- Forget the Word file. Go tell your idea to the mirror, or to an unsuspecting stranger that’s trying to ignore you in the checkout line. Then dash back to your computer and write down what you said. Don’t try to make it sound professional or precise, and definitely don’t edit it mid-sentence. Just transcribe. Once you’ve got that colloquial paragraph, head back to the mirror—or track down that now-alarmed stranger—and tell them more.
- If other forms of writing work for you, try other forms of writing. Close down Word (again) and address a new email to a friend. Write to them about the paper. Tell them what needs to happen in the next draft. Be specific. Remember, you’re not trying to write the paper itself. You’re just talking about it. Right before you click send, change the ‘To’ field to your own address and enjoy your new revision outline. Voilà! Bait-and-switch FTW!
- Change things up. Trade your office for your home, or your home for your office. Go to a coffee shop, or a park, or a zoo, or one of those fun zoos where they give the animals coffee. Listen to music, or different music, or stop listening to music. Write in company, or alone. If you start each day by plopping down in the same chair (aka The Throne of Past Failures), you’re just forming a psychological association with failed writing.
- Sensory deprivation! Physically distance yourself from all distractions. I like to sit in an empty bathtub with a pocket notepad, listen to the white noise of the bathroom fan, and sketch an outline of things I’d like the stubborn section of my paper to do until some of the details start to fill in. Notice I said ‘empty bathtub’ and ‘pocket notepad’. Don’t mix water and laptops. Spark of inspiration: good. Other sparks: bad.
- Give your paper to a colleague and tell them you’re not sure how to revise it. Marvel as they then tell you exactly how to revise it. Repay the favor later, so you’re not a selfish jerk. Perhaps start a draft-circulating group with friends or similar stage academics. If you don’t have a presentable draft, find a venue where you can give a short presentation on the idea, and then capitalize on the temporary creative surge that follows. Sometimes just giving yourself that artificial deadline can help.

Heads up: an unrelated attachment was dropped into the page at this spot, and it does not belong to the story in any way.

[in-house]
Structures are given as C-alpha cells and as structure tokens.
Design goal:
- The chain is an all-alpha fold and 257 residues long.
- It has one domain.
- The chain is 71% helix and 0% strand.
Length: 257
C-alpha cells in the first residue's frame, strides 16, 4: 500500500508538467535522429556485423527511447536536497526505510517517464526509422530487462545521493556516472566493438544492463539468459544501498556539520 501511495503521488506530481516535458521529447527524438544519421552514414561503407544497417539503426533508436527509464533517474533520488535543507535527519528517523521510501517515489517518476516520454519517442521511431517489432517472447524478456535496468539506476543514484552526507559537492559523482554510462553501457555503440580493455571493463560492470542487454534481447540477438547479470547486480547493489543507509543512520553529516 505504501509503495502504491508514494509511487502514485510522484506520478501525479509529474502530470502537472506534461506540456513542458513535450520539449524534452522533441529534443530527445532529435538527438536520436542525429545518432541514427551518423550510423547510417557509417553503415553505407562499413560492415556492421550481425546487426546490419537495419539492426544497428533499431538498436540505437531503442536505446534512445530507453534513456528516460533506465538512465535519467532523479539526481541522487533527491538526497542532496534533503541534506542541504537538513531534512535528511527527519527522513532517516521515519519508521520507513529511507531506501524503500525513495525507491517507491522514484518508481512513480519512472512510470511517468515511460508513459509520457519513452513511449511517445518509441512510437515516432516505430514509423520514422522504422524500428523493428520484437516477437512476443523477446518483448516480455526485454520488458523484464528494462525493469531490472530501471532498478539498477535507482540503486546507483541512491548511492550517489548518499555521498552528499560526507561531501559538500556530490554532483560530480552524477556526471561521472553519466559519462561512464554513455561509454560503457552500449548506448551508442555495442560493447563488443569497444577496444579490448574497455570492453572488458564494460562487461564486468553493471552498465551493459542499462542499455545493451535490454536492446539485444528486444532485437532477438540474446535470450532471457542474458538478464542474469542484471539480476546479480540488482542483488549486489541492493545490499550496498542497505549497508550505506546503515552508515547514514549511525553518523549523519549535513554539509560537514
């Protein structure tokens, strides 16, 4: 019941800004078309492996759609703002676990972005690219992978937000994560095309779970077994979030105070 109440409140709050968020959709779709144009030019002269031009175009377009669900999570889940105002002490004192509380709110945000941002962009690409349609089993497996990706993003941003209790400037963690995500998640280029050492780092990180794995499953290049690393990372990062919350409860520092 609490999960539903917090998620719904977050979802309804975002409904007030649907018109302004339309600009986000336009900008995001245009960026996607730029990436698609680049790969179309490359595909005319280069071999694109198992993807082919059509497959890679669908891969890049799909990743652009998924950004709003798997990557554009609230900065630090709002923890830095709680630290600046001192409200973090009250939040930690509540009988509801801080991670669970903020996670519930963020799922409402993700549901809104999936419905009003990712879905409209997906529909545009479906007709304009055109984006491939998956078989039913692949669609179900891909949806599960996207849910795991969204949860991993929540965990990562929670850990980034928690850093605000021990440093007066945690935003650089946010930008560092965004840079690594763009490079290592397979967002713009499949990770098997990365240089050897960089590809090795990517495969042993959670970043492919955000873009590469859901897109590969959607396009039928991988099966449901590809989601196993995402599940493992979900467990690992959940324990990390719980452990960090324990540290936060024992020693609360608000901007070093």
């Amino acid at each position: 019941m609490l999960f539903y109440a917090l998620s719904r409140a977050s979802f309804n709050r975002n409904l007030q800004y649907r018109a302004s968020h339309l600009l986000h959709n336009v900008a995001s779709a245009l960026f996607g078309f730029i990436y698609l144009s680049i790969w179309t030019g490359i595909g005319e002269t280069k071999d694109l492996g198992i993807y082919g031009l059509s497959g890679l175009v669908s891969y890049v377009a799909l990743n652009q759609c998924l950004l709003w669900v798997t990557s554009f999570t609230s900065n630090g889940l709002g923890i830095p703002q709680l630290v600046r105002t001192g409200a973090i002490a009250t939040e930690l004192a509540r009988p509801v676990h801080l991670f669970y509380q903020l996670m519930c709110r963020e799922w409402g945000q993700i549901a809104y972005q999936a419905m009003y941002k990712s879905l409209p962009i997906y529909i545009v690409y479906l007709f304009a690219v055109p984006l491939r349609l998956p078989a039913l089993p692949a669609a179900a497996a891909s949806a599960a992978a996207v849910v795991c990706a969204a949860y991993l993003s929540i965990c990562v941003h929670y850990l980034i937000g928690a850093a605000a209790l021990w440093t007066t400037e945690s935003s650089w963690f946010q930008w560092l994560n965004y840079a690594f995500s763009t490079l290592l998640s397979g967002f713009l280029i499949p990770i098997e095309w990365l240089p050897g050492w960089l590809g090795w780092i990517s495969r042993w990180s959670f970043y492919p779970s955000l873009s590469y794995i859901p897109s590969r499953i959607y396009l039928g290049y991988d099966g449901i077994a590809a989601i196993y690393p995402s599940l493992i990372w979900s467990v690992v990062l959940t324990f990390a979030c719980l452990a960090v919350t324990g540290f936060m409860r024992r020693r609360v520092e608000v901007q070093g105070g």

- If you’re feeling stuck or anxious, don’t hurl yourself at your computer and defiantly insist that today not suck. Mood matters. Go for a walk first. Meditate. Find a dog and pet it. Laugh with a friend. Listen to some music. Grab an instrument and make some music. Watch that YouTube video where the sloth eats carrots on its back. (Try not to compare yourself to a sloth.) Find ways to take the edge off, and ease yourself into the task.
- You might find your attention drifting away from the sentence at hand, and toward how much work the paper as a whole still needs. Like, don’t do that. Forget about the paper as a whole. Give yourself the goal of writing exactly one sentence, or writing for one minute. You can do that. When you’ve done that, celebrate. No, really. You would be remiss not to stand with your knuckles on your hips, chin raised. Then give yourself another sentence/minute goal. Do enough of those in a row, and you’ve got momentum.
- Try to write first thing in the morning. Literally first thing in the morning. Leave your laptop or notebook next to your bed. Open it up to where you left off, and write one paragraph. Write it before you check your email, or read the news, or load up Twitter. (It’s okay to check Daily Nous first, but only briefly.) Write it before you get out of bed, before you shower, before you eat. This might sound like a demented, fanatical version of those “Shouldn’t you be writing?” memes, but the opening moments of the day can set the tone for what follows. Wait, and the day and your will can both get away from you.
- Mimic that instant gratification impulse by rewarding yourself throughout the day, not just eventually. Create incentives to do the next bit of writing. Share cool sentences with patient friends. Tell people your idea on Facebook, so that their excitement becomes infectious. Keep a running tally of the progress you’ve made. Above all, leave judgment at the door: editing can come later, and beating yourself up for the past can come never.
Those are just some suggestions. What strategies did I miss, readers? What works for you?
— Louie Generis